1. Overview

In this tutorial, we’ll see why and how to use SBT to check our project dependency tree.

2. SBT Dependencies

SBT is the most usual build tool for Scala projects. As a project gets more complex, it will increase the number of dependencies. And each dependency brings other dependencies, called transitive dependencies. Eventually, a project can suffer from the JAR dependency hell. This problem can be described as a situation where multiple versions of the JARs coexist in the classpath. This results in the ClassLoader loading the first class found from the JAR, with very unexpected results at runtime. For instance, a common problem is when we’re using a method that only exists in one of the versions, and the ClassLoader happens to load the other version.

3. SBT dependency tree

If we need to solve the previous problem, we’ll need to inspect the dependencies and transitive dependencies.  The solution now depends on our SBT version: For SBT 1.3.x, we need to include the sbt-dependency-graph plugin by adding the following to the project/plugins.sbt file:

addSbtPlugin("net.virtual-void" % "sbt-dependency-graph" % "0.10.0-RC1")

For SBT >= 1.4 has built-in support for this plugin, so we just need to add to project/plugins.sbt:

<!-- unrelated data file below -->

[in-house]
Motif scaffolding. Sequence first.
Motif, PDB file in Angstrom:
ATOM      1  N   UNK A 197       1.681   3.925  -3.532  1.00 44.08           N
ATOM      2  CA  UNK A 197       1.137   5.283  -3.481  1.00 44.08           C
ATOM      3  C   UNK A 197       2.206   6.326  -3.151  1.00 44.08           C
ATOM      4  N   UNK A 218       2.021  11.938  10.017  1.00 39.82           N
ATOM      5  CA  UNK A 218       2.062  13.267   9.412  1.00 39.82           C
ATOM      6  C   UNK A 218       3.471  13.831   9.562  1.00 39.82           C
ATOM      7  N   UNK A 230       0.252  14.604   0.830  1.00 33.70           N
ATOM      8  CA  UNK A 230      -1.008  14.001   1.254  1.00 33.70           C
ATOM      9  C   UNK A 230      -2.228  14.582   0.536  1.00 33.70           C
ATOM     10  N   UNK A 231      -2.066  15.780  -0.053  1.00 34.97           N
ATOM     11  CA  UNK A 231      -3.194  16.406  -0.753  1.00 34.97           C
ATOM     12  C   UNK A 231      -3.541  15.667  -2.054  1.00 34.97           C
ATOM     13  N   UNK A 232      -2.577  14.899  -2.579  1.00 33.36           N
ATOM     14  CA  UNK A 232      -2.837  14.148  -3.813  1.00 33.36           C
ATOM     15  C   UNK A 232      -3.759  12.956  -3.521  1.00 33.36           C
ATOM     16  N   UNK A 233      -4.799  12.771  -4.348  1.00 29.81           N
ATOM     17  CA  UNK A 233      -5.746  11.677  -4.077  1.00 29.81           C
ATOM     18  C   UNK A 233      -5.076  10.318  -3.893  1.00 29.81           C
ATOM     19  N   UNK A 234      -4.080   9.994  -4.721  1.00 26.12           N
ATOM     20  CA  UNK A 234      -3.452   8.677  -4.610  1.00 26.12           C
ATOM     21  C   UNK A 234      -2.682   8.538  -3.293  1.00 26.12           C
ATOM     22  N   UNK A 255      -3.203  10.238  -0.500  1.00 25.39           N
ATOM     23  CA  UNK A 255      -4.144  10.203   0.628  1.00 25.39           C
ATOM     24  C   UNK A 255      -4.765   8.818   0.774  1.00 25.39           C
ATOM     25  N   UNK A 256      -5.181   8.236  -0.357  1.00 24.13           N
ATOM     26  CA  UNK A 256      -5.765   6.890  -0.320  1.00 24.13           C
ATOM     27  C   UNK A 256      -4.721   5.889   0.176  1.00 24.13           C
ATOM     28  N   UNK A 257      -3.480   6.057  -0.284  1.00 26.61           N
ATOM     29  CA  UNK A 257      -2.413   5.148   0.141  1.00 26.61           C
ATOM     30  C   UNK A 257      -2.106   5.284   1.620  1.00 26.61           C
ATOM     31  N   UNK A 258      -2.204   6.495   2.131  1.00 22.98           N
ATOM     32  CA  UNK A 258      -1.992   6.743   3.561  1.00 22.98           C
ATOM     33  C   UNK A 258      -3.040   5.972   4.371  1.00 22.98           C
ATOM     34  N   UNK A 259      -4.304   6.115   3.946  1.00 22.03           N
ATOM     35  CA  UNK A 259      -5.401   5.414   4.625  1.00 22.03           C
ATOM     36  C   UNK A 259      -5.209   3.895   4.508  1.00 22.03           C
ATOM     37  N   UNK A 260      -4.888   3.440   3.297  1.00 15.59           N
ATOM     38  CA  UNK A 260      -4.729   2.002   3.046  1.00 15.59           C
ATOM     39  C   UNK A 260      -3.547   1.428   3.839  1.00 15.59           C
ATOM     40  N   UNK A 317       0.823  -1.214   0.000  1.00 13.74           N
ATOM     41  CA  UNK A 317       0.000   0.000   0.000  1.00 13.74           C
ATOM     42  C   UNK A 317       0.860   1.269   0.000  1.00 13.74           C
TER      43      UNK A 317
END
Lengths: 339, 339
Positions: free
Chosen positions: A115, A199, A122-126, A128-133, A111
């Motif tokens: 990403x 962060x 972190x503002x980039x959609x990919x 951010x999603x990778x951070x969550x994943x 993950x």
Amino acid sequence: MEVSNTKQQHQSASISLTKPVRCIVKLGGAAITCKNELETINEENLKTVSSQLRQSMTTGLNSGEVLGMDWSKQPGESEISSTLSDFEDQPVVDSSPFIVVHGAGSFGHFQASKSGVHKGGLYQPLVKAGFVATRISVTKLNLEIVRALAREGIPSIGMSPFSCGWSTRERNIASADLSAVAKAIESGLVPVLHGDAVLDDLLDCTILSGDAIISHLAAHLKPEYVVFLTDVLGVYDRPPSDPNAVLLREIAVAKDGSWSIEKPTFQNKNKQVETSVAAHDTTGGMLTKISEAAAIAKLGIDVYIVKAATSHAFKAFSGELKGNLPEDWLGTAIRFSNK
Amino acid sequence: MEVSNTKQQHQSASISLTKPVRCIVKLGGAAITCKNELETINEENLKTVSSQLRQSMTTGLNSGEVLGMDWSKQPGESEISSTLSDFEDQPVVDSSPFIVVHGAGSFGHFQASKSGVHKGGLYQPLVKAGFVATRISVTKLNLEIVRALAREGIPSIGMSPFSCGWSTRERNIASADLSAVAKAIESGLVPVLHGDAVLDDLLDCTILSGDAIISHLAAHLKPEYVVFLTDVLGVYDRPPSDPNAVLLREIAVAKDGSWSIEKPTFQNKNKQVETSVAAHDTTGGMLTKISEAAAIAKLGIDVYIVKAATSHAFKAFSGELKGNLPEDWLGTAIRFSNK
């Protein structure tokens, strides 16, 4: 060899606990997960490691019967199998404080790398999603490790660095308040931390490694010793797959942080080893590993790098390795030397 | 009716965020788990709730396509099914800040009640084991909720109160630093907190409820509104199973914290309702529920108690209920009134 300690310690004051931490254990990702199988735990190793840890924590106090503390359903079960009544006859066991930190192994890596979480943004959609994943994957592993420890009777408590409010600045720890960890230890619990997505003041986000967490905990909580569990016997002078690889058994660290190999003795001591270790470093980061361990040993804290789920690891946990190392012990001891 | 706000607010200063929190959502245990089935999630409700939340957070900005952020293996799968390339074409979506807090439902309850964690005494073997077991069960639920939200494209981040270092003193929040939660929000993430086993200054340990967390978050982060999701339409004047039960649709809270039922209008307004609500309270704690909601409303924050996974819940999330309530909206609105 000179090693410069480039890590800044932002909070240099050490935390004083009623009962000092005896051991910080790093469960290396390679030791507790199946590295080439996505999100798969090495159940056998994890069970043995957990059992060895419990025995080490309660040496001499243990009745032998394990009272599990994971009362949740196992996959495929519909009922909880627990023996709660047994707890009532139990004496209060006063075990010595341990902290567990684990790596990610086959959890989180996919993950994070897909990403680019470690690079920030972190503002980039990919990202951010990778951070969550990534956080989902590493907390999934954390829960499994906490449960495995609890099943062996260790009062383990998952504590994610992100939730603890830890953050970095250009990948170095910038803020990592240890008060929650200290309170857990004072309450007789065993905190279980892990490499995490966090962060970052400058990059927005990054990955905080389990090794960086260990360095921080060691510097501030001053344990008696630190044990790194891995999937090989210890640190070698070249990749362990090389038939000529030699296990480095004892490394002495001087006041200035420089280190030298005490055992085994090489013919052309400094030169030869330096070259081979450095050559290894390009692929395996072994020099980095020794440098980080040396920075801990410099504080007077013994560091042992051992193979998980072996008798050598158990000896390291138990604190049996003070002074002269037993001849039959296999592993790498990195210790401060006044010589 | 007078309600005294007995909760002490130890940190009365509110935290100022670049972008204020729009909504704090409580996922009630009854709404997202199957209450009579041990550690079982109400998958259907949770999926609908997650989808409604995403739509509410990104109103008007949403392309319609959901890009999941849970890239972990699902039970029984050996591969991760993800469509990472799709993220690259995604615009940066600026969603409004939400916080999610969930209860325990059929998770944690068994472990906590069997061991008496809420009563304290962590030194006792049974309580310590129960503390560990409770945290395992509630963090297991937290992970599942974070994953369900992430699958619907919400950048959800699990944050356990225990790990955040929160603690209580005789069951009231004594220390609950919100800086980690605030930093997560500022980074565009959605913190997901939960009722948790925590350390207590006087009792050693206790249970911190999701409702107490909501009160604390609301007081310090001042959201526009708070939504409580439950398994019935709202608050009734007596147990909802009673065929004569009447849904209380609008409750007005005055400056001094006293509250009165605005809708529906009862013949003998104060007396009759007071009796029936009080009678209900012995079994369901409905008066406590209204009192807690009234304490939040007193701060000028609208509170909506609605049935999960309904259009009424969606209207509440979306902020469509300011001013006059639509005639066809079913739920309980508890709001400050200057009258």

addDependencyTreePlugin

And then, we can just use any of the available commands listed in the GitHub README file.

3.1. Adding the Dependency Tree Plugin

Let’s see how we can use this plugin in a real project. Let’s pick as an example GitBucket, a Git web platform powered by Scala. It’s a web app similar to GitHub or GitLab, which by luck already has the plugin setup and clone it. From the available commands in the plugin repository, three are especially useful: dependencyTree, dependencyBrowseGraph, and dependencyBrowseTree.

3.2. dependencyTree Command

This command displays the projects dependency tree using an ASCII representation:

$ sbt dependencyTree
[info] welcome to sbt 1.5.5 (N/A Java 15.0.2)
[info] loading settings for project gitbucket-build from build.sbt,plugins.sbt ...
[info] loading project definition from /Users/pedro.rijo/repos/personal/gitbucket/project
[info] loading settings for project root from build.sbt ...
[info] set current project to gitbucket (in build file:/Users/pedro.rijo/repos/personal/gitbucket/)
[info] io.github.gitbucket:gitbucket_2.13:4.36.0 [S]
[info]   +-ch.qos.logback:logback-classic:1.2.3
[info]   | +-ch.qos.logback:logback-core:1.2.3
[info]   | +-org.slf4j:slf4j-api:1.7.25 (evicted by: 2.0.0-alpha1)
[info]   | +-org.slf4j:slf4j-api:2.0.0-alpha1
[info]   |
[info]   +-com.github.takezoe:blocking-slick-32_2.13:0.0.12 [S]
[info]   | +-com.typesafe.slick:slick_2.13:3.3.2 [S]
[info]   |   +-com.typesafe:config:1.3.2 (evicted by: 1.4.1)
[info]   |   +-com.typesafe:config:1.4.1
[info]   |   +-org.reactivestreams:reactive-streams:1.0.2
[info]   |   +-org.scala-lang.modules:scala-collection-compat_2.13:2.0.0 [S]
[info]   |   +-org.slf4j:slf4j-api:1.7.25 (evicted by: 2.0.0-alpha1)
[info]   |   +-org.slf4j:slf4j-api:2.0.0-alpha1

(...)